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Myanmar illegal logging on upswing: Watchdog

Truck convoys of logs illegally felled in Myanmar have been seen entering China, environmental group Global Witness has said.

india Updated: Jan 24, 2006 14:39 IST

Truck convoys of logs illegally felled in Myanmar have been seen entering China, an environmental group said on Tuesday, despite signs that the military junta had recently suspended the practice.

London-based Global Witness issued a report in October accusing Myanmar's military government of standing by while vast stretches of virgin forest were destroyed.

The watchdog group estimated in 2004 that 1 million cubic meters of teak and softwood from the north of Myanmar, also known as Burma, were being illicitly trucked to China, where the wood becomes furniture and flooring for export to the United States and Europe.

About 95 per cent of Myanmar's total timber exports to China were illegal, the group said.

But after issuing its October report, Global Witness said it saw a sharp decline in illegal logging in Kachin State, with the military regime suspending tree-cutting, timber transport and log shipments to China.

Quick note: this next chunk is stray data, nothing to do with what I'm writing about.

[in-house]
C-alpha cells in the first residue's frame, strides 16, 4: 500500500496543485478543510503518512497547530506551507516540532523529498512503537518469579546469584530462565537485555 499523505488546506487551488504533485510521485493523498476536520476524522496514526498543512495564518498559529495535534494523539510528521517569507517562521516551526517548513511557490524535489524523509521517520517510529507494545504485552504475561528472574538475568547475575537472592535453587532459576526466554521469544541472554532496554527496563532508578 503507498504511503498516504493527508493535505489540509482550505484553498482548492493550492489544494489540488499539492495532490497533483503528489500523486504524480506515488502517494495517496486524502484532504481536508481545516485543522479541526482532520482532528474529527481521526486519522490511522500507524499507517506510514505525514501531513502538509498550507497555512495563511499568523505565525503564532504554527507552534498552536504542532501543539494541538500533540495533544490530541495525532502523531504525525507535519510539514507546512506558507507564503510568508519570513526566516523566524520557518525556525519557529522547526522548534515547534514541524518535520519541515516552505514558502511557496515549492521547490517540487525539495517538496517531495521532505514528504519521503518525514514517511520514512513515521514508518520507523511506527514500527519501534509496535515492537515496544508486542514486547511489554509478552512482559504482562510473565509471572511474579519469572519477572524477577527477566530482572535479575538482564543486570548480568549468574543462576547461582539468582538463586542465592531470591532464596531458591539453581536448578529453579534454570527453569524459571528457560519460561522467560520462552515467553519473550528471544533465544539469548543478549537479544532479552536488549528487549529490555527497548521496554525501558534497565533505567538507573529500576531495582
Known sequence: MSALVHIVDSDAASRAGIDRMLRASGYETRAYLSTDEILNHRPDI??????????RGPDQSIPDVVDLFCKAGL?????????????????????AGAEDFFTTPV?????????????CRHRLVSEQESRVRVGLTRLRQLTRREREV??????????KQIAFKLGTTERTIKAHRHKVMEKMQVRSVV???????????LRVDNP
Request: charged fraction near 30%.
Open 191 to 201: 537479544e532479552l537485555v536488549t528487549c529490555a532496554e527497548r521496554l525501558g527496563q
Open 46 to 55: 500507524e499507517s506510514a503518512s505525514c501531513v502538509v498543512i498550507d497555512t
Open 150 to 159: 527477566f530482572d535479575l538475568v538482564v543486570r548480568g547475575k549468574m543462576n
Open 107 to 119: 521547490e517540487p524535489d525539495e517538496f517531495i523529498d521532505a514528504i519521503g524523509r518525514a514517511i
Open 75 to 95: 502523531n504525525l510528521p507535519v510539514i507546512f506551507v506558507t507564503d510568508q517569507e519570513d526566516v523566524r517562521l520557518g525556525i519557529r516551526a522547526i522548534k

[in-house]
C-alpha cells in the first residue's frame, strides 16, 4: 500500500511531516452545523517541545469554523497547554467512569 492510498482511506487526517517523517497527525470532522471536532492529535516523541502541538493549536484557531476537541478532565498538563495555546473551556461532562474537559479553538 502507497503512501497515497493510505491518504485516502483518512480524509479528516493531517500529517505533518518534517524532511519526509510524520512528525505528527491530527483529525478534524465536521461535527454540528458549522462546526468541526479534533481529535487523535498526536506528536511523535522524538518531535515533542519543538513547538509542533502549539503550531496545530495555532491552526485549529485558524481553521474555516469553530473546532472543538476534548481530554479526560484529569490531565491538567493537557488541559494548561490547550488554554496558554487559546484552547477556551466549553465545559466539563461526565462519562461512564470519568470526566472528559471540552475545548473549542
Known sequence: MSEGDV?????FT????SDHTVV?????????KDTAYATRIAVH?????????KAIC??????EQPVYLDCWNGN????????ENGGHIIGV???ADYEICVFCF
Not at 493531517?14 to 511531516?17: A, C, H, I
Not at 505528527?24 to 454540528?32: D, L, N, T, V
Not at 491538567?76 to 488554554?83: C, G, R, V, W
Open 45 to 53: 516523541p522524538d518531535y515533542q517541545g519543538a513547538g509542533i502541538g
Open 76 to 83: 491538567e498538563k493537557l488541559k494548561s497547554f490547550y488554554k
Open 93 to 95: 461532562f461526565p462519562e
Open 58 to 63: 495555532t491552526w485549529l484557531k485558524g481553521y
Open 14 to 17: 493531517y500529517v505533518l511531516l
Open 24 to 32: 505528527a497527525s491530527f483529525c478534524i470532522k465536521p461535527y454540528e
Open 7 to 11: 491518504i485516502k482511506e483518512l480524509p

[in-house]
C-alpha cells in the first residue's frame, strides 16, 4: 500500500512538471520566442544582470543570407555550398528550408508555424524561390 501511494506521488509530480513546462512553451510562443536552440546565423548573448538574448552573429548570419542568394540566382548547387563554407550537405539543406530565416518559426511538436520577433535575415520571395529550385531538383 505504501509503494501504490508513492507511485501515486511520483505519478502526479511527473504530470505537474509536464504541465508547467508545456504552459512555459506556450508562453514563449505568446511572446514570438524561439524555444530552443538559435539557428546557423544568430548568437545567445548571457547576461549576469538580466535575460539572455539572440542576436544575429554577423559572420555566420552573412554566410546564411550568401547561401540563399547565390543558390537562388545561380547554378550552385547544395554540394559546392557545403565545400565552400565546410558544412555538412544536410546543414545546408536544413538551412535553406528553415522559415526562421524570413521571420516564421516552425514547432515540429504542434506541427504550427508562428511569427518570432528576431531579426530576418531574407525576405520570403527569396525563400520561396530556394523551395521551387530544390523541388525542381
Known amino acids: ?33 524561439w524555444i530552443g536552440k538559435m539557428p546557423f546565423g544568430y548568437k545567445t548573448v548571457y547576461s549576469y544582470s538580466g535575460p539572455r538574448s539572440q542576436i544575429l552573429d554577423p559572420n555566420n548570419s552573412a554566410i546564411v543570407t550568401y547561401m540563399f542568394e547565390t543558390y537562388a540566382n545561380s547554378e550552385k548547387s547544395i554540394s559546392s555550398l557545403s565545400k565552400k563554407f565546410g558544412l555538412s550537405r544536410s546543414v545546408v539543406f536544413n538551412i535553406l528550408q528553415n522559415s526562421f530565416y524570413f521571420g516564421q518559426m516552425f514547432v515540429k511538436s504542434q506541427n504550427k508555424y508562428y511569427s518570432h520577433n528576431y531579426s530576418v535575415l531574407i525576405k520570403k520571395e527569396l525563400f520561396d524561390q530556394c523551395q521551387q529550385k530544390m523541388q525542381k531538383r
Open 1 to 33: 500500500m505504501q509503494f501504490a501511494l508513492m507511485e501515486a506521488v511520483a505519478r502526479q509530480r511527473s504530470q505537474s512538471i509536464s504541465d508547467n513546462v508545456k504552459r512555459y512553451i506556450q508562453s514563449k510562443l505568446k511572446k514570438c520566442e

However, in the past 10 days, the group said it has received witness reports that trucks full of freshly cut logs headed over the Chinese border. Dozens of trucks were seen crossing, mostly at night, it said.

"Until January, the timber traffic had almost stopped. However, in the last 10 days it has started again," said Susanne Kempel of Global Witness.

"We don't know what this means. What we do know is that timber that goes across the border now comes from areas under the control of the government regime," she said. "It does make us question what their intentions are and whether the Burmese government is serious when they say they want to stop this trade." Myanmar government officials could not immediately be reached for comment.

In its earlier report, Global Witness said the illegal log trade benefits regional military commanders, politically connected logging companies and ethnic group leaders who profit from taxing the logs.

The illegal exports result in an annual loss of $250 million in revenue for Myanmar, the environmental group has alleged, adding that the activity takes place with the full knowledge of Myanmar's junta and the Chinese government.

Global Witness said most of the logging takes place in an area described as "very possibly the most bio-diverse, rich, temperate area on earth," a place that is home to red pandas, leopards and tigers.

First Published: Jan 24, 2006 14:39 IST